I walked toward the Metro with a time frame in mine, expectations, and a plan. Silly me, I really should know better by now.
My goal was to get cash out of the ATM, purchase a few groceries for my complaining stomach, and go home to spend a relaxing evening.
As I exited at Maidan, I noticed several people standing around staring with looks of concern, interest and shock. I turned to find a gentleman, who looked to be in his late 50s, surrounded by a medical crew that was clearly working to revive him. I shuddered a bit but continued on my course.
I waited behind several people before finally standing before the ATM. I’m pretty sure in my head I was imagining a heavenly light and an angelic chorus after the pain of last week. Then instead of delivering money into my hand, the machine mockingly spat out a slip of paper informing me that it could not process my request.
I tried to stay calm. “Maybe it doesn’t have that much money in it today,” I thought. So I went to another ATM machine nearby, it mocked me more with a printed, “Transaction not honored.”
Part of me was fighting tears and the other part was fighting anger. So of course at this point is when I receive a text from my roommate, “By the way, our landlord is coming by for rent tonight.”
Were I in America it probably wouldn’t garner the same reaction, but there is something about being unable to access my money when in a foreign country that just makes me want to cry. When I’m in America the equivalent for me is when something happens to my vehicle. I think both are things I simply don’t know how to fix.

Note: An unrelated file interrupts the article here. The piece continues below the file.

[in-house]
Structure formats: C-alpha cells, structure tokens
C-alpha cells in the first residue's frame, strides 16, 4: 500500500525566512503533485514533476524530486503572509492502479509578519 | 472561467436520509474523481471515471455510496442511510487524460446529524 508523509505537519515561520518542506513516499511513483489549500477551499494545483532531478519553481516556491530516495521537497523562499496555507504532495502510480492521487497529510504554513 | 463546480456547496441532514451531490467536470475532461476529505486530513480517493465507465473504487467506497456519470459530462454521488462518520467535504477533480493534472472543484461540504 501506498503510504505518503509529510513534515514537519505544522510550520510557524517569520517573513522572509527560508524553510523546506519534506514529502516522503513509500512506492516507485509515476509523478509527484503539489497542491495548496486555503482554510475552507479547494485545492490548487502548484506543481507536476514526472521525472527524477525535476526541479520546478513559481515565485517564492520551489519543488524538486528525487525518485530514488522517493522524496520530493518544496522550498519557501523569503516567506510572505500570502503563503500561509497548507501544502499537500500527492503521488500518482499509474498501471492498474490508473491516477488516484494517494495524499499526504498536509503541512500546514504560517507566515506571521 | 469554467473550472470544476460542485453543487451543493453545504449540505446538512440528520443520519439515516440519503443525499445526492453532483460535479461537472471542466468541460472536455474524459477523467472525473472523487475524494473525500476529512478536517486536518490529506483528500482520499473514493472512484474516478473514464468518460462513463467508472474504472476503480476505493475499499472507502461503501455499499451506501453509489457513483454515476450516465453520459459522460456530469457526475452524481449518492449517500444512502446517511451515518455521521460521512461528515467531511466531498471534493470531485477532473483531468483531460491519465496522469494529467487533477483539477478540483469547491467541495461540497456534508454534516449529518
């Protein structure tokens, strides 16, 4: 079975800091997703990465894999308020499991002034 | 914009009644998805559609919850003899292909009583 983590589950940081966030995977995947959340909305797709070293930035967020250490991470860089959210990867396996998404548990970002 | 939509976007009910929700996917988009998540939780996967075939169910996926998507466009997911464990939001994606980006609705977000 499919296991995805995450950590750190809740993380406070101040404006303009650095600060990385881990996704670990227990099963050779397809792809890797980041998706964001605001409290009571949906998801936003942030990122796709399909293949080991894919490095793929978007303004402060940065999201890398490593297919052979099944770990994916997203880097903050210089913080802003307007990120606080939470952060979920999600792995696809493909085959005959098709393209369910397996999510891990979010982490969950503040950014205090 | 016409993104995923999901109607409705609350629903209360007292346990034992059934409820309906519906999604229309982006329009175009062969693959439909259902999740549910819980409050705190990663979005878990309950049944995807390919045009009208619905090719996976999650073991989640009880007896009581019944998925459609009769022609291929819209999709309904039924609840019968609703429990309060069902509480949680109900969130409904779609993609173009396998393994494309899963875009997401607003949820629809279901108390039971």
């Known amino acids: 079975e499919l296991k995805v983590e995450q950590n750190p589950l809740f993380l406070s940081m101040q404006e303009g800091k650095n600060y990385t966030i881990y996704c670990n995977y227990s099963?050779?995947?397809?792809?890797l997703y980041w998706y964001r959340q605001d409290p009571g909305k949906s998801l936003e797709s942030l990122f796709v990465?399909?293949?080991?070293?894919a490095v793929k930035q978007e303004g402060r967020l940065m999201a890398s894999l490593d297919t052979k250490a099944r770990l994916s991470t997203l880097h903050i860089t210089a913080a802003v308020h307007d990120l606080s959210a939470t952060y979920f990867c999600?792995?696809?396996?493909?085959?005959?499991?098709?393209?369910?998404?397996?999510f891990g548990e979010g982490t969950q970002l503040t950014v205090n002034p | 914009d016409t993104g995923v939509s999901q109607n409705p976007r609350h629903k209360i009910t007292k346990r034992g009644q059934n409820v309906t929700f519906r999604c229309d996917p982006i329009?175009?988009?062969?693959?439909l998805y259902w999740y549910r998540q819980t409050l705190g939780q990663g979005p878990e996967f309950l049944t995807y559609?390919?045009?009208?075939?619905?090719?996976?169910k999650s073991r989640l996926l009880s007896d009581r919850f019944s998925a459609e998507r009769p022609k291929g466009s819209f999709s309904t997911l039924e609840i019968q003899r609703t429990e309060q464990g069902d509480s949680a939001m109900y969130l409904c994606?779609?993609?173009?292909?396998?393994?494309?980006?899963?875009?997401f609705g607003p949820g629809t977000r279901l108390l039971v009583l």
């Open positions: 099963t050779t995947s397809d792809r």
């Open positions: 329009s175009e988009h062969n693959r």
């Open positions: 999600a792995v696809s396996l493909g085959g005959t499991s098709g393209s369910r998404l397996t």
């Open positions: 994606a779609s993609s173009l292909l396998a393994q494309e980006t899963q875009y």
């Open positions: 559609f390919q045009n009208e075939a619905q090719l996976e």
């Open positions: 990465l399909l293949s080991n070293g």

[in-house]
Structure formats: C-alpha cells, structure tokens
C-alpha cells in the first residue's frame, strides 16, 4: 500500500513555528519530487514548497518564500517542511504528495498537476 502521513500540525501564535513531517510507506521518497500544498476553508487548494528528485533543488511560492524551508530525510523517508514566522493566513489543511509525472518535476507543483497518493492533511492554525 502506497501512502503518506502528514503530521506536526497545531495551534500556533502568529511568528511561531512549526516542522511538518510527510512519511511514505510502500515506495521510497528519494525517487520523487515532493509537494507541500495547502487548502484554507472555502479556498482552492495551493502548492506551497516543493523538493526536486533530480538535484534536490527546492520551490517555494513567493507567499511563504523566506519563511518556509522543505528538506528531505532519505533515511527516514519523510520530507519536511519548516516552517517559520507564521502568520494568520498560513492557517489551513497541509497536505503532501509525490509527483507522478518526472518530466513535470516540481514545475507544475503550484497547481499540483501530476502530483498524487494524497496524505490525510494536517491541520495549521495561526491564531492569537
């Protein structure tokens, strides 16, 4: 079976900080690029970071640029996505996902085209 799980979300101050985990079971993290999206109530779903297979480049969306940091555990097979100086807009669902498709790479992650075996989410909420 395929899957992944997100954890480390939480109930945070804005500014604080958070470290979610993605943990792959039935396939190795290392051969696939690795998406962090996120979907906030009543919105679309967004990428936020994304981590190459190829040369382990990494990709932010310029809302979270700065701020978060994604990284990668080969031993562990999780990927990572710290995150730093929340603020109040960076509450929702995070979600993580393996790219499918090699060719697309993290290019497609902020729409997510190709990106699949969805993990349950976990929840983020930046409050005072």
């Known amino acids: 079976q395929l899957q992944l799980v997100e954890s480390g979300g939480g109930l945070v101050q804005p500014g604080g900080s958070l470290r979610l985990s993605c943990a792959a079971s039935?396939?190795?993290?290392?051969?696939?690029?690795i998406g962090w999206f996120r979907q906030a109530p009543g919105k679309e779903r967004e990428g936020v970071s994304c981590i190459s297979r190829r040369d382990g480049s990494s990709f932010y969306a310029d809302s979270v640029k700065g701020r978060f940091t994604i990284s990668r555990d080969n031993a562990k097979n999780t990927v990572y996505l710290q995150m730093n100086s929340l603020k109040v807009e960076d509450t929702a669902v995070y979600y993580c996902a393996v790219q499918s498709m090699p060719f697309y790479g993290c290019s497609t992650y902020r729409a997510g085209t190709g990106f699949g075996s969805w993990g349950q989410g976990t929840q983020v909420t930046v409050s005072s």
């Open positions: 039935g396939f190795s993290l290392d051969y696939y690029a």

So as I fought my feelings, I did the only thing I could do – I thanked God the machine didn’t eat my card and headed back to the Metro to return home and try to contact my bank again.
Walking back through the Metro doors, I’m not sure why I looked but I did. The crowd had cleared, but as I gazed past a lone security guard I noticed it. A black body bag lay on the floor with a black bowler hat placed atop it.
The man had died.
Whoever he was, whatever happened, he had taken his last breath. A flood of questions filled my mind and with them a reminder of how short life really is. Time is precious, but do I truly live like I believe that?
Money is a huge issue for me, for most of us who are alive and breathing. Of the majority of my fears, most are somehow linked to dollar signs and the fear of lacking. (Some are tied to elevators and well you see how that has gone for me this past week too.)
When we find ourselves at the end of our days, it isn’t really going to matter how much money we do or don’t have. What will matter is what we did with the life we were given and if we spent our time following Christ. And often He simply doesn’t lead us to places that are comfortable, predictable, or in our control but He is still good, just and in control.
What are your biggest fears? How do you give them to God and trust Him with those areas?Â How do you keep from taking the time God has given you for granted?